Session Beers Mean Easy Drinkin’

Paul Blow

I’m just back from a short trip to the Midwest, where for several days it got ungodly hot and humid. Even though I grew up in Texas, I’m a wimpy San Franciscan now who likes his 65-degree highs and cool nights under a heap of blankets year-round. So what do I do in Chicago’s stultifying early-summer heat with neither a breeze nor AC for relief? I sit on the porch and drink ice-cold beer. Lots of it.

The problem is, drinking lots of beer isn’t as easy as it once was. In recent years, beer has gotten both stronger (higher in alcohol) and more flavorful. You can only drink one or two intense, hoppy beers such as IPAs before suffering from both tipsiness and palate fatigue. They also don’t really pair well with food. One antidote to this problem is Kölsch, which I wrote about recently. Another is session beer. In fact, the support for session beer is so enthusiastic that it’s at the point of transcending being just a brew and turning into a movement.

The definition of a session beer is loose. The website BeerAdvocate defines it as “any beer that contains no higher than 5 percent ABV [alcohol by volume], featuring a balance between malt and hop characters (ingredients) and, typically, a clean finish—a combination of which creates a beer with high drinkability.” Lew Bryson, managing editor of Malt Advocate magazine and a leading writer on beer and whiskey (he also blogs at the Session Beer Project), says it shouldn’t go higher than 4.5 percent alcohol.

Beyond that, the definition is fluid. There’s no stylistic requirement—that is, a session beer could be a dark stout or a pilsner—only a qualitative one that Bryson told me is outlined simply by the questions, “Can you easily have another, and do you want another and another?” A great session beer, he said, “is one that you can drink five of over a couple of hours and still blow a .04 on a Breathalyzer, as I did just the other night.”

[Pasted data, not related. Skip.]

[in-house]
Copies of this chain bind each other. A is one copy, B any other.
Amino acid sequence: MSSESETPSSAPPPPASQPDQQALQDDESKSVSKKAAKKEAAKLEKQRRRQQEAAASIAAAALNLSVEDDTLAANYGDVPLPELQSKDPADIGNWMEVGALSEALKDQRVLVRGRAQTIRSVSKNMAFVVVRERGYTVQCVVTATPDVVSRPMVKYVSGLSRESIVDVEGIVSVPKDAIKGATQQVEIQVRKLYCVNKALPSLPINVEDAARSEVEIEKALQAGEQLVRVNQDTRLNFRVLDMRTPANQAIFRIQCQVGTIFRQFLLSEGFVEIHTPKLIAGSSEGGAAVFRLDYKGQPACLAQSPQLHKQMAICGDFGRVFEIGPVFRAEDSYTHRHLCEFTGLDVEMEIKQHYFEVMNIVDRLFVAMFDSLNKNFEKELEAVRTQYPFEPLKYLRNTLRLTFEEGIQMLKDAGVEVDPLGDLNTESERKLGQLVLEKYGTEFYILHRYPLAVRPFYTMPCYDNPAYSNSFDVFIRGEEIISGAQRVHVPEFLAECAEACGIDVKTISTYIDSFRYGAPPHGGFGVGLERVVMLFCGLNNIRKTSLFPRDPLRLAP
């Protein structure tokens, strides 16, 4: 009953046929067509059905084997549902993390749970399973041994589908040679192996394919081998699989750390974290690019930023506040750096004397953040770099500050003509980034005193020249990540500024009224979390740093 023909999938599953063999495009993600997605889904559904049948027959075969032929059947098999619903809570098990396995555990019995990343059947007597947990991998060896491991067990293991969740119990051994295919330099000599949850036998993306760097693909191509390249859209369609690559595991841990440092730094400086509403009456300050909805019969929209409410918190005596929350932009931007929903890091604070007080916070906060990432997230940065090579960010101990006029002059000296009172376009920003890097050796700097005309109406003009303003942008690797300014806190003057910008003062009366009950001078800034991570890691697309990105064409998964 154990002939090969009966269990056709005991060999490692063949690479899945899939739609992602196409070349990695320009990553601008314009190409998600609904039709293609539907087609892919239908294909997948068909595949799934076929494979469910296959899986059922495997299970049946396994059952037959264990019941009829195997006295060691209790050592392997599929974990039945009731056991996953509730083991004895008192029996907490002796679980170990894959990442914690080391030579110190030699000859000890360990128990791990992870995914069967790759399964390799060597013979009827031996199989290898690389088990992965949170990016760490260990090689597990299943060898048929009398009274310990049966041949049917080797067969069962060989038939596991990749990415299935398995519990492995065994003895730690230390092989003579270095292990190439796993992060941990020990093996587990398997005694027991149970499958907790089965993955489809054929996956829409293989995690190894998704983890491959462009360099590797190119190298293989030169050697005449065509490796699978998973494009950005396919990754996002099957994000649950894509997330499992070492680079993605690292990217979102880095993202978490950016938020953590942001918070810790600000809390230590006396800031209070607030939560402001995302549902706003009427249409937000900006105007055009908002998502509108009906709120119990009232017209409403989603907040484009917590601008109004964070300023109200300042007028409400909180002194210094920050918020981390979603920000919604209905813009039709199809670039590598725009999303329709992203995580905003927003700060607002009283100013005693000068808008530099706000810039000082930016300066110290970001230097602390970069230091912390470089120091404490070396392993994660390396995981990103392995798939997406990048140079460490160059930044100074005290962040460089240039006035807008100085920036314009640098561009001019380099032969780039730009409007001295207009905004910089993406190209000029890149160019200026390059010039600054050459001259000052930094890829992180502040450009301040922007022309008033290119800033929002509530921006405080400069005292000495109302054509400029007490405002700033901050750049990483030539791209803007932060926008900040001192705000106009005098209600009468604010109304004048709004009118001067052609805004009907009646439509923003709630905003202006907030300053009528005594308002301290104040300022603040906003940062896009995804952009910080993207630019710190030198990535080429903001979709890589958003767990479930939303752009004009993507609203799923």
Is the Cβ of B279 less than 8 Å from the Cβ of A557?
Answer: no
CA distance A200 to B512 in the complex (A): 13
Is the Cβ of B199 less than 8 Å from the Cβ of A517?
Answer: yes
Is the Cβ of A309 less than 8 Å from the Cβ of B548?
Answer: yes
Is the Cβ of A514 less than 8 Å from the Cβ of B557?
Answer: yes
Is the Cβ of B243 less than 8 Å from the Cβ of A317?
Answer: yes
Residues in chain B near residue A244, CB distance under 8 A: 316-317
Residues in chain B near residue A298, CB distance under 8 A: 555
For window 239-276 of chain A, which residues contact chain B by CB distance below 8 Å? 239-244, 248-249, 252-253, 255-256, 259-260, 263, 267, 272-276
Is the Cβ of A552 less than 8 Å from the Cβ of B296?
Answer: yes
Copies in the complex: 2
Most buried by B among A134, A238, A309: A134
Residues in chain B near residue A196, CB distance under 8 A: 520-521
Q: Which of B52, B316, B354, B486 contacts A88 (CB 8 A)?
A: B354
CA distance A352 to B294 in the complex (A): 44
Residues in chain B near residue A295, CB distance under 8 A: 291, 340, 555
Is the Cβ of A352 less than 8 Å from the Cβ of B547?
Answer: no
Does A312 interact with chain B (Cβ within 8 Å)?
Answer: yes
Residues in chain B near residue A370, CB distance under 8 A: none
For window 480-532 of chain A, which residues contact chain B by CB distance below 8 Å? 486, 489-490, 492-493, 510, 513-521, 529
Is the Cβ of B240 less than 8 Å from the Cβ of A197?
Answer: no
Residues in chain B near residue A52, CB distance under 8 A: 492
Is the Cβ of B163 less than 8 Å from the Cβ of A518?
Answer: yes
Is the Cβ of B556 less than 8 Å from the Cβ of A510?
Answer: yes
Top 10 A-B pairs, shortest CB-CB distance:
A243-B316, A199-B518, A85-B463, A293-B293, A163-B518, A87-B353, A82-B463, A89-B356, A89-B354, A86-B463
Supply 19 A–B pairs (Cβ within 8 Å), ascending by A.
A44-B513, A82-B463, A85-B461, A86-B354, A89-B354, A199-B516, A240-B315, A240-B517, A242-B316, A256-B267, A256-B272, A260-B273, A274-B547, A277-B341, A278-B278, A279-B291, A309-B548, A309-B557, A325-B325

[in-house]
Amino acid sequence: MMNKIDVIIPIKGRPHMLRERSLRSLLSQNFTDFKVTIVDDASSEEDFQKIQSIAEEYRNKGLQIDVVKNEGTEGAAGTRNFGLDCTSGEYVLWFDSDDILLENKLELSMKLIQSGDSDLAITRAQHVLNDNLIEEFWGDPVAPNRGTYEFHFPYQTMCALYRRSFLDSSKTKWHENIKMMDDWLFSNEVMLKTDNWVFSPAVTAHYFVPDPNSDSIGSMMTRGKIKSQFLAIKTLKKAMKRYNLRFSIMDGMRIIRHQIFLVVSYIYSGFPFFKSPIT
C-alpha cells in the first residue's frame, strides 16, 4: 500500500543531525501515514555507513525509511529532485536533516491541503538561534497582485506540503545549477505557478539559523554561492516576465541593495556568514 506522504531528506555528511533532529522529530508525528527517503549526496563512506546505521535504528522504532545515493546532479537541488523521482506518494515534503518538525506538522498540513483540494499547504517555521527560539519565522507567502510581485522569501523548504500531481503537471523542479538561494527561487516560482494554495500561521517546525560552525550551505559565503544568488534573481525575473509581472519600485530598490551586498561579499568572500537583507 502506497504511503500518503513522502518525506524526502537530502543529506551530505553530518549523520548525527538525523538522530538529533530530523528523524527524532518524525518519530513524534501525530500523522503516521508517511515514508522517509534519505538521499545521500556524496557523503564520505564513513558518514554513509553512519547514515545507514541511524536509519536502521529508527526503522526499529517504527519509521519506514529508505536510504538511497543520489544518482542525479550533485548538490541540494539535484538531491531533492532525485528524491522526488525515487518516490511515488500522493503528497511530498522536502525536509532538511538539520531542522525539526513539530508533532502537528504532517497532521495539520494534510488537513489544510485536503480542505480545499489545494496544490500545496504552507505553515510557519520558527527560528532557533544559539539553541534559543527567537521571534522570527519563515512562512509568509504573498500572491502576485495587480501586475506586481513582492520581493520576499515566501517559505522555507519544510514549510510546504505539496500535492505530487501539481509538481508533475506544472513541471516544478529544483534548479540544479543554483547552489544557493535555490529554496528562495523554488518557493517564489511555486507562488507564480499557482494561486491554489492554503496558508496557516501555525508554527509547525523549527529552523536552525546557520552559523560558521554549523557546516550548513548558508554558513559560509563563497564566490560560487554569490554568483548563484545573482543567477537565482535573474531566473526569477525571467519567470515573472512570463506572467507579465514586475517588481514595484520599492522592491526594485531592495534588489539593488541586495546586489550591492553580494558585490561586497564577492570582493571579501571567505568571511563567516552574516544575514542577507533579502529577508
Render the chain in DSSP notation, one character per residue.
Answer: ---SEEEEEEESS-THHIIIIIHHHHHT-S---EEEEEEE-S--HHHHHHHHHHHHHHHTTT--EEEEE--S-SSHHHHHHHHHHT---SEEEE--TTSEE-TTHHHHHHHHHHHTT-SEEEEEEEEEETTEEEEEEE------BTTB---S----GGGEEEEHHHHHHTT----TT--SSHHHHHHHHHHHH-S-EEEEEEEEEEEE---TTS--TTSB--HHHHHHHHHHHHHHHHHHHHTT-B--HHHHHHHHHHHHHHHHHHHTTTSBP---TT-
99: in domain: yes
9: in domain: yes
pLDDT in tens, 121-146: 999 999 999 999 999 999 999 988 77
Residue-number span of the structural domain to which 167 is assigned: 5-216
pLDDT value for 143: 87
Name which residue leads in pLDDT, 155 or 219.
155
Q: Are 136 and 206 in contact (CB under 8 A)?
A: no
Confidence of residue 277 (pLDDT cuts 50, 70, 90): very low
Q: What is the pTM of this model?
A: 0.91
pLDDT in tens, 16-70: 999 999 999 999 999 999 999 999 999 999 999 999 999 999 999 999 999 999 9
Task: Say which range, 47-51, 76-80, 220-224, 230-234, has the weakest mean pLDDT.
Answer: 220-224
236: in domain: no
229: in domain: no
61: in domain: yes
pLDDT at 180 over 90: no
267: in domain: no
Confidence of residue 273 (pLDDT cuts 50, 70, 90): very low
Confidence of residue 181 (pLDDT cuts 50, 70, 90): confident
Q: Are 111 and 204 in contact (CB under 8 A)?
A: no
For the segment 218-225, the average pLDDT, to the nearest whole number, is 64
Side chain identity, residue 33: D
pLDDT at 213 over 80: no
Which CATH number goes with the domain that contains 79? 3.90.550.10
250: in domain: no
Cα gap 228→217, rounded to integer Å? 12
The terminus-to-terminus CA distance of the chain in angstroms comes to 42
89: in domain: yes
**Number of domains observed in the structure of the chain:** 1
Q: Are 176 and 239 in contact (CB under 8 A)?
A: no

So what are some great session beers? The fact is that there just aren’t many, as it’s extremely difficult to make low-alcohol, high-flavor beers. First let’s look at some that don’t make the cut. Does Budweiser qualify? Not for me. Session beers need to have some flavor, and I’m pretty bored by the time I get to the second half of a can of Bud. Sierra Nevada Pale Ale? Well, it’s 5.6 percent ABV, so it’s too strong. And it’s pretty bitter. I can have two, but probably not more, before my mouth needs a rest. Full Sail brewery in Oregon even makes a beer called Session Lager, which, unfortunately, at 5.1 percent is too strong to meet either Bryson’s or BeerAdvocate’s definition.

Bryson mentioned that the English coined the term and have a knack for producing low-alcohol but flavorful beers. He singled out Bluebird Bitter from Coniston brewery. Only 3.6 percent ABV, and it’s crisp, clean, and fresh with lots of flavor. Guinness, Bryson noted, is another classic example. I love Summertime from Goose Island in Chicago (styled after a Kölsch, no less). Shiner Bock, the beer I grew up around in Austin, Texas, is a good example, though cutting it close on the flavor threshold. And jumping on the sparsely populated bandwagon just over a month ago was Notch, a new beer out of Boston. I’ve yet to try this brew but am eager to.

Coincidentally, many beer bloggers have dedicated their joint blogging efforts to discuss session beers this month. Follow the action here. And as those sessions on the porch become ever more essential this summer, don’t forget to stock the proper beer.

Jordan Mackay is a San Francisco–based wine and spirits specialist whose work has appeared in publications such as Gourmet, the Los Angeles Times, Food & Wine, and Decanter. Follow him on Twitter. Follow CHOW too, and become a fan on Facebook.